Conclusion: Gibson routinely predicted the social implications of technological developments. New Mutator's mention of Chandler got me thinking of the latter's influence on Gibson which is also extensive- though I doubt these trilogies can be described as "hardboiled"- (possibly, mawk-Hardboiled). Through the cyberpunk and post-cyberpunk series the world of today emerges and science-fiction as we knew it essentially becomes obsolete. Read the Sprawl Trilogy for its profound cultural impact- movies, TV, spin-off literature, not to mention video-games!, language, etc; and read the Bridge trilogy for its mastery of the cyber-punk genre. All Tomorrow's Parties was published in 1999 and by no stretch of the imagination describes the world we've been living in since 2006 or so yet remains prophetic in 2013.

Trilogy III
Contemporary Trilogy (Pending)
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Pattern Recognition
Spook Country
Zero History

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Re: BOOKS -- recommendations and stuff

Postby vinylrake » 27 May 2013, 14:14

While Gibson may have been the first to coin the word 'cyberspace', the concept of cyberspace had been explored before that. "Web of Angels' was published 4 years before Neuromancer and is the first literary description of what became the internet(aka "World Wide Web", although he expanded it to a faster than light network that allowed communication between planets). Besides the author calling it the 'web' he saw past the computing paradigm of the time in which everyone had their own computer to the current cloud/mobile computing model. In web of Angels everyone had their own small device/keyboard they could use to jack into the web. He also foresaw people who really know their way around the web (hackers) as outlaws and criminals (not a common concept in 1980).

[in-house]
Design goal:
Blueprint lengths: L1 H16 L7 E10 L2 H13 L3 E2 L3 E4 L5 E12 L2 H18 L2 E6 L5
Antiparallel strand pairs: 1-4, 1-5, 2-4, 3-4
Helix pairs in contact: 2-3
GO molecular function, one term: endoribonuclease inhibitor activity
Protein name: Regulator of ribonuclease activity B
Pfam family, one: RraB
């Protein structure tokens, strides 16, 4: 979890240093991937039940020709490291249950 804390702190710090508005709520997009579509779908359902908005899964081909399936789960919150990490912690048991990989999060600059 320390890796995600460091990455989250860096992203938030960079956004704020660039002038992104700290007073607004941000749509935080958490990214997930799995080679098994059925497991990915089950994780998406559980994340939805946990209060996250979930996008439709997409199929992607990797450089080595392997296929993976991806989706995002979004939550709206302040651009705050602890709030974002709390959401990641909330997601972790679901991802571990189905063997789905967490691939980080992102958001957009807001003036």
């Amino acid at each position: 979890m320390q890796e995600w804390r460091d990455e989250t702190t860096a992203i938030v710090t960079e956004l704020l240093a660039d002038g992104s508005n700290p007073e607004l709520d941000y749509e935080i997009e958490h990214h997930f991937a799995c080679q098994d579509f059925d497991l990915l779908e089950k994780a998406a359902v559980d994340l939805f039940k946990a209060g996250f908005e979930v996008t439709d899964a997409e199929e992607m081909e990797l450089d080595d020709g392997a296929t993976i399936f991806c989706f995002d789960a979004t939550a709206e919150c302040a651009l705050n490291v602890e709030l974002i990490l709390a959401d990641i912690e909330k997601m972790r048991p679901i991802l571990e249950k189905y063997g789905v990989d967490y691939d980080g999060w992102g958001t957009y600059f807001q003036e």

Also, to an earlier comment, obviously Clark's 3rd law isn't an actual law. Clark's comment merely applies to how magic/fantasy and technology are *perceived* not the nature of the two things themselves. While some technology in a science-fiction setting might appear like magic to beings in a science fiction world who don't understand how it works, if the book is really science fiction then what is perceived as 'magic' is going to be based on some kind of actual technology. In fantasy fiction there's no attempt or relation between the 'magic' and the real world. That said, a lot of what gets labelled as 'sci-fi' isn't really science-fiction it's really more 'speculative fiction' - or 'what if' fiction. "Man in the High Castle" by PKD for example. PKD has written a lot of books and stories in the sci-fi genre, but MitHC is more speculative fiction ("what if the Axis powers had won world war II"?) than it is 'science-fiction'. (Being a PKD book it could very well have some sci-fi-ish elements PKD thrown in for garnish, I can't remember, but at it's heart it's a speculative fiction story)

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Re: BOOKS -- recommendations and stuff

Postby Gekko » 28 May 2013, 13:38

Oo, ty switch. I've only read the first trilogy by William Gibson. Didn't know about the rest. Gotta pick them up someday.
I also liked "The man in the high castle" a lot. It's been a long time since I've read it though.